- Unilever turned heads in the ad world — and on Wall Street — when its marketing chief Keith Weed seemed to vow to reduce ad spending on tech platforms like Facebook and YouTube.
- But it turns out, Unilever is not actually pulling its ad budgets from the giant tech platforms. In fact, it has never has.
- The marketing giant’s approach instead has always been focused on collaborating with the platforms, and increasing the pressure on them from within, Weed told Business Insider.
Earlier this week, Unilever’s chief marketing officer Keith Weed seemed turned heads in the ad world — and on Wall Street — by seeming to vow that the consumer packaged goods giant would reduce ad spending on tech platforms like Facebook and YouTube if they don’t do more to combat divisive content.
“Unilever will not invest in platforms or environments that do not protect our children or which create division in society, and promote anger or hate,” he said during a speech at the Interactive Advertising Bureau’s annual leadership conference in Palm Springs, California.
But it turns out, Weed’s threat wasn’t a real threat.
Unilever — whose roster of brands includes Axe, Magnum and Lipton among others — is not actually pulling its ad budgets from the giant tech platforms. In fact, it has never has.
The marketing giant’s approach instead has always been focused on collaborating with the platforms, and increasing the pressure on them from within, Weed told Business Insider.
In fact, Weed clarified Unilever’s approach of working with the so called duopoly in an interview on Monday. Here are excerpts:
Tanya Dua: You’ve been very vocal about the issues around digital advertising and the need for digital platforms to be held more accountable. Do you think there’s been any progress?
Keith Weed: There has been a really positive change across the digital supply chain, which we shouldn’t underestimate. If you go back to three years ago, and look at the “3Vs” of viewability, verification and value, there has been progress. But of course there’s more work to be done, and we’ve not gotten far enough.
Dua: But are you actually not going to invest in platforms that are not committed to creating a positive impact in society? Do such threats and declarations actually work?
Weed: I wouldn’t call them threats; I believe I am making very clear directional quests about what we want, and that will ultimately make a healthier digital media supply chain. Public ultimatums don’t help, but being positively engaged in partnerships helps. You get greater engagement and action when you challenge them from the inside, as opposed to walking away on the outside.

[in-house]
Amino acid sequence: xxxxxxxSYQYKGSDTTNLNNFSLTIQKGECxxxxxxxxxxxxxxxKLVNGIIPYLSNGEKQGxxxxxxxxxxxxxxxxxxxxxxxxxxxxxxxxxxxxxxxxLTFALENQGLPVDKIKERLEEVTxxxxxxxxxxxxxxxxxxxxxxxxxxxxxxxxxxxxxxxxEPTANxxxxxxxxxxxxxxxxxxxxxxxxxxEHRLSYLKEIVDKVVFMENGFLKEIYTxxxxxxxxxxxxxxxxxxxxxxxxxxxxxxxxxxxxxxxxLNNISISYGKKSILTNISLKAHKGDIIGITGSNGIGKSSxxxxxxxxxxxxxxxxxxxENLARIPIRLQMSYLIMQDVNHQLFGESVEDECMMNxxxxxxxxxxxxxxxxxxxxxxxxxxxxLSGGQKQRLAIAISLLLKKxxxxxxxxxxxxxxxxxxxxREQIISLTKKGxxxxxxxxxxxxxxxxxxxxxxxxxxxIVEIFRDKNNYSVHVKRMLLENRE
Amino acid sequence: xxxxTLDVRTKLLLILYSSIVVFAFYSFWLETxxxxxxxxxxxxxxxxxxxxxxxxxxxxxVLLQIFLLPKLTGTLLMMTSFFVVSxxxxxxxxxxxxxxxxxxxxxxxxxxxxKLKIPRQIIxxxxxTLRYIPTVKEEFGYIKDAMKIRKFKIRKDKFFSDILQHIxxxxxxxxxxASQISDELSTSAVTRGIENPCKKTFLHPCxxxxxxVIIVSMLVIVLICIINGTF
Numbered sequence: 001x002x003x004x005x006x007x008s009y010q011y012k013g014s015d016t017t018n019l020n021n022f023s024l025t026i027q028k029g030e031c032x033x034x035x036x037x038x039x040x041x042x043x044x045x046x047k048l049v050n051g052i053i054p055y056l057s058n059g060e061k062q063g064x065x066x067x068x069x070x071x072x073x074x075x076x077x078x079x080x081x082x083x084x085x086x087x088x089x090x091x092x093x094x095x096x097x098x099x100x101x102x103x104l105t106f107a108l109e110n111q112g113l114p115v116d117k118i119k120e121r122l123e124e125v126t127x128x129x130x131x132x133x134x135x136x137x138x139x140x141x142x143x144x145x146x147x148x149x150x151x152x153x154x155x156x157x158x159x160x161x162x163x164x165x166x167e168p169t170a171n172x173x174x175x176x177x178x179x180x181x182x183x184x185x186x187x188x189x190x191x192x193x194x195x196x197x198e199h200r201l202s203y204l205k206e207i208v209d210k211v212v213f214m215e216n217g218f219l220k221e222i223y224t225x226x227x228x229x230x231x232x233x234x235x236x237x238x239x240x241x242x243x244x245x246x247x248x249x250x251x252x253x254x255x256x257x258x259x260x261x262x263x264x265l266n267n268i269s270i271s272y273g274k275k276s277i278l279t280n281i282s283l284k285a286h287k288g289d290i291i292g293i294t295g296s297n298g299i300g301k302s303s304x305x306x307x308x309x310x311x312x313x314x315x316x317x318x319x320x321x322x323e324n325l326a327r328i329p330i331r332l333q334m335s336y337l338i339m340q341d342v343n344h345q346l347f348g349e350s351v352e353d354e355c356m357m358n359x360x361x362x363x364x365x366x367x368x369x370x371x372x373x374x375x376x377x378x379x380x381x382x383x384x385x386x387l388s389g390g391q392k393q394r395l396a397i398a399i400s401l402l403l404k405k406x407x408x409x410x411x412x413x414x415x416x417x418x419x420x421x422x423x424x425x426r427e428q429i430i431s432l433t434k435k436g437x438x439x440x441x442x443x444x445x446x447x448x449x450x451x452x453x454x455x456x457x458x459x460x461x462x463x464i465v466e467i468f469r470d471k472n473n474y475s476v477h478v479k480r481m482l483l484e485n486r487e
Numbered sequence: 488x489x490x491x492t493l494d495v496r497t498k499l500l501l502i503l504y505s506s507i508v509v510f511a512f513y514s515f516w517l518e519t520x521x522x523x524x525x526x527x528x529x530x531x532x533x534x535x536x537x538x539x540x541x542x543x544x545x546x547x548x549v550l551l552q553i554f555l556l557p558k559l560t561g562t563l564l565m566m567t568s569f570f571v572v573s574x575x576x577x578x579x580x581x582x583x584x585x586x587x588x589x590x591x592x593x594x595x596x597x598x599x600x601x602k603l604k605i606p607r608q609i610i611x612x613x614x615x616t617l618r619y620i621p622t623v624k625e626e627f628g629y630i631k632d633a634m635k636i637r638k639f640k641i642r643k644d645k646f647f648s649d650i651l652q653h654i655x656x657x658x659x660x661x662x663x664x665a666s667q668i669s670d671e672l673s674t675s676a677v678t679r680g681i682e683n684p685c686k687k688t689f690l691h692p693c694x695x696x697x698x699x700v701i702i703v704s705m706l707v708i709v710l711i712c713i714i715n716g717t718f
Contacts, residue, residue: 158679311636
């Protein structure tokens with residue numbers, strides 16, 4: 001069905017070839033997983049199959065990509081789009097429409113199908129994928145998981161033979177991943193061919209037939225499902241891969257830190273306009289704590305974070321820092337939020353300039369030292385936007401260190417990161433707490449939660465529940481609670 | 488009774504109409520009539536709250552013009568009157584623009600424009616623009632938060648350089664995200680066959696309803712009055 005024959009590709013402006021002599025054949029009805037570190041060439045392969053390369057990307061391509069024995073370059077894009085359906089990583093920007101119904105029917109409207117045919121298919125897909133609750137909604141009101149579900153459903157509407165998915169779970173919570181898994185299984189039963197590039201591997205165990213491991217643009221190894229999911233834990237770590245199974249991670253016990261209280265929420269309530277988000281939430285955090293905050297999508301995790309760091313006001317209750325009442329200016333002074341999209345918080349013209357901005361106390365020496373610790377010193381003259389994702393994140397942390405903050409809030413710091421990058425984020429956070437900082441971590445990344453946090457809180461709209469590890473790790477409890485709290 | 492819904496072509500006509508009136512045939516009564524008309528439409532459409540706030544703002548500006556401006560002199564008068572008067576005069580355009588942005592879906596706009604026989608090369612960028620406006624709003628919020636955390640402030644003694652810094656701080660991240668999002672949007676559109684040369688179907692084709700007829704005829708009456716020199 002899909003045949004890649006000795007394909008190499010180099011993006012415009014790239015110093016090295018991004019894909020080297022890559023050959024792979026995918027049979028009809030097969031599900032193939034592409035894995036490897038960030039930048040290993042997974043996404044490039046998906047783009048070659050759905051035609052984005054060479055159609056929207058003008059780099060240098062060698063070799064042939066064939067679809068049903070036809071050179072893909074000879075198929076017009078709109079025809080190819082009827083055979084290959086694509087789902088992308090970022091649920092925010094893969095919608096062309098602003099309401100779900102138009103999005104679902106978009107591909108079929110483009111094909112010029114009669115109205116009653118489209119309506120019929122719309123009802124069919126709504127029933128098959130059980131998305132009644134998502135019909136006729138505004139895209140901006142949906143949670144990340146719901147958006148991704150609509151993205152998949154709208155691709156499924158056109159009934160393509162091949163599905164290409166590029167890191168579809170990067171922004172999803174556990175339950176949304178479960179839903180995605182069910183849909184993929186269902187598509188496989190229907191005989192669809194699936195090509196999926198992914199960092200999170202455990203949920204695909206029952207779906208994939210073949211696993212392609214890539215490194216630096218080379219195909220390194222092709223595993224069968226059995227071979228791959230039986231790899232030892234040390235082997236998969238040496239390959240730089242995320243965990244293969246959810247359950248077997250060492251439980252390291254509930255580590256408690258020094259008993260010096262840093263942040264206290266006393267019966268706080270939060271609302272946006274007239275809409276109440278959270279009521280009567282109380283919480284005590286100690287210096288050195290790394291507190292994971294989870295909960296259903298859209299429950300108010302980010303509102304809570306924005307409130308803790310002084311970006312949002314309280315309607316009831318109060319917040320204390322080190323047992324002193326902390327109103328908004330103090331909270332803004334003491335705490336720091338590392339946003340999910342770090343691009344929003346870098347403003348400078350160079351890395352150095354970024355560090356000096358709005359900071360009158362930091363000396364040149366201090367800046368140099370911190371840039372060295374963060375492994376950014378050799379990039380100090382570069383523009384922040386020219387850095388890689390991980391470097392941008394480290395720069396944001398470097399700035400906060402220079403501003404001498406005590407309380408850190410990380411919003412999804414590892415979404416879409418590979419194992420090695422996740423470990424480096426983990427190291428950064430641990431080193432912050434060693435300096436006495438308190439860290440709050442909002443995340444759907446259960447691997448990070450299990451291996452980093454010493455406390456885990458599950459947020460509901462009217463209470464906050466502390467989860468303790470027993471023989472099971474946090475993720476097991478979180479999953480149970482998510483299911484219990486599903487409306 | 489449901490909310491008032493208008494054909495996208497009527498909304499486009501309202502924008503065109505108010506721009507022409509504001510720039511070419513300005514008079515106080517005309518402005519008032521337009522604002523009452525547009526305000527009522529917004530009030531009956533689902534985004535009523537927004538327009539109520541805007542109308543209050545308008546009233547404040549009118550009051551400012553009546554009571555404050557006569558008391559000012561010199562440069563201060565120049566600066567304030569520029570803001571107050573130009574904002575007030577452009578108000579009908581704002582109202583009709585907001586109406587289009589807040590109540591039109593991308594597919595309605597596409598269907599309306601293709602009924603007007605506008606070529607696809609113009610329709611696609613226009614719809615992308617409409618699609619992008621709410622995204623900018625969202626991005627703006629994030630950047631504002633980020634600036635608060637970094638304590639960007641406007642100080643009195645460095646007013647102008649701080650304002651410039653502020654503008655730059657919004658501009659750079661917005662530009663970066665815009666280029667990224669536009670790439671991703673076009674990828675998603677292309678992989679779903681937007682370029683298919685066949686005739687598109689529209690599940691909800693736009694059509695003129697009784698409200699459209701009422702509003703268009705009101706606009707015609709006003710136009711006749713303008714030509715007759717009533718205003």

Dua: So you believe that engaging with the platforms is the way forward?
Weed: We engage with the tech giants in the same way that we engage with our product supply chain, expecting the same efficiency from them that we expect from the players in our supply chain. We have a positive relationship with them: I have been on the Facebook Client Council and the Twitter Influence Council for years. Most recently, I talked to the heads of the tech platforms at Davos. I think they are committed to making big changes and I would argue that our approach has worked well.
Dua: Can you share an example where such an approach has served you well?
Weed: When YouTube had issues last year, a lot of major advertisers left them and told them to clean up their act. But we decided to stay — because one, we have a very rigorous media strategy and did not have any brand safety issues — but also because we believed that working closely with them would have much more of an impact than just walking away and telling them to sort things out. That has proven t0 be true, look at the recent progress they’ve made on screening content and vetting. We believe in proactively leaning in to help shape the agenda.
Dua: What is an issue where you think work still needs to be done?
Weed: The biggest issue ahead of us is responsible infrastructure. Up and until now, shaping up a transparent digital supply chain has been an integral industry issue. But now, it is a society and people issue and is affecting how people engage on the internet. If that is fixed, it will ultimately help with transparency and getting one measurement system across all media. We split advertising budgets because we can’t optimize across media, but there’s only one viewer and one budget.
No, Unilever is not actually pulling its ad budgets from Facebook and Google